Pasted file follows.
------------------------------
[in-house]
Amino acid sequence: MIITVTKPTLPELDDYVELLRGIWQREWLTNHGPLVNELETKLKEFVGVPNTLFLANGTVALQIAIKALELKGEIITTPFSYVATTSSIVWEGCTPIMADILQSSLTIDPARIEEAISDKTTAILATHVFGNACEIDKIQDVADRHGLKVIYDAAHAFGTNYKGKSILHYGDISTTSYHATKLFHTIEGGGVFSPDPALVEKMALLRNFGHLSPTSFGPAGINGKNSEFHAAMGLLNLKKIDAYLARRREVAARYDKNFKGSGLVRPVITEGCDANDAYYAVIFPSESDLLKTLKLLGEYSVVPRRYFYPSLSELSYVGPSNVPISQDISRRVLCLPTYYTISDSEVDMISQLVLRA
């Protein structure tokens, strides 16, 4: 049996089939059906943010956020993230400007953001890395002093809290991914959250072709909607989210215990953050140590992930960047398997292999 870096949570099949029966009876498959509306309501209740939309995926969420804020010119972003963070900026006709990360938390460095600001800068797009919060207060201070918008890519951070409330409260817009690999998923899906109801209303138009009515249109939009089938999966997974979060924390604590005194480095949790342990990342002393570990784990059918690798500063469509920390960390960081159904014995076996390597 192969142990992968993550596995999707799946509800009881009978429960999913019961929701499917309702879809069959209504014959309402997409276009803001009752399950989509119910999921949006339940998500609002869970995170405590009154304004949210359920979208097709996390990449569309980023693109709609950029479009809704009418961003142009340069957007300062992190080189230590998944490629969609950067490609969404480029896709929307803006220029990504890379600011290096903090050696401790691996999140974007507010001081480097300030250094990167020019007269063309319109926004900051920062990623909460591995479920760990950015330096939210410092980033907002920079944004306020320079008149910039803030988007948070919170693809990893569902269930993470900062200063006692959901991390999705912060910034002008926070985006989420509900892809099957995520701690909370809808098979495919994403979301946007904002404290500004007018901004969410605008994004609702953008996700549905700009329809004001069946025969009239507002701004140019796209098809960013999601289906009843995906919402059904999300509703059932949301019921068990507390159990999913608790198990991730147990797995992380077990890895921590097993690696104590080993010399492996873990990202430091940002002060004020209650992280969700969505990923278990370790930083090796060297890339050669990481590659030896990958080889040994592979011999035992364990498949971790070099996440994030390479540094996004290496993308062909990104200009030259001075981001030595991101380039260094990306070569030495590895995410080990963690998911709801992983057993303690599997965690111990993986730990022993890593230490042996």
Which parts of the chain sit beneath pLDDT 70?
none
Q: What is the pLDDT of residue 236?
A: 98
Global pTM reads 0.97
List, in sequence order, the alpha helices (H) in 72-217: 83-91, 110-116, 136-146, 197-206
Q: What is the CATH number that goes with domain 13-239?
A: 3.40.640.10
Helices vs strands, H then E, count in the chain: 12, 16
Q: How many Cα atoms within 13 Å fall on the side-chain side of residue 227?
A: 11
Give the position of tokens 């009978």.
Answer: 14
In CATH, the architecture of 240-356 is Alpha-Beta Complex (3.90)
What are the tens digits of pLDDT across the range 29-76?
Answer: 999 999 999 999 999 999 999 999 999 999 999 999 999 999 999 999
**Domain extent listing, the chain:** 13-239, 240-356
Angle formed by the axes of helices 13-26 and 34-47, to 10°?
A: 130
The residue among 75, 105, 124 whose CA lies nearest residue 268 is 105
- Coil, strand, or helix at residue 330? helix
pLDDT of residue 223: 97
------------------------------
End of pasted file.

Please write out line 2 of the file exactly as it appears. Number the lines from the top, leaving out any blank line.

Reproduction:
Amino acid sequence: MIITVTKPTLPELDDYVELLRGIWQREWLTNHGPLVNELETKLKEFVGVPNTLFLANGTVALQIAIKALELKGEIITTPFSYVATTSSIVWEGCTPIMADILQSSLTIDPARIEEAISDKTTAILATHVFGNACEIDKIQDVADRHGLKVIYDAAHAFGTNYKGKSILHYGDISTTSYHATKLFHTIEGGGVFSPDPALVEKMALLRNFGHLSPTSFGPAGINGKNSEFHAAMGLLNLKKIDAYLARRREVAARYDKNFKGSGLVRPVITEGCDANDAYYAVIFPSESDLLKTLKLLGEYSVVPRRYFYPSLSELSYVGPSNVPISQDISRRVLCLPTYYTISDSEVDMISQLVLRA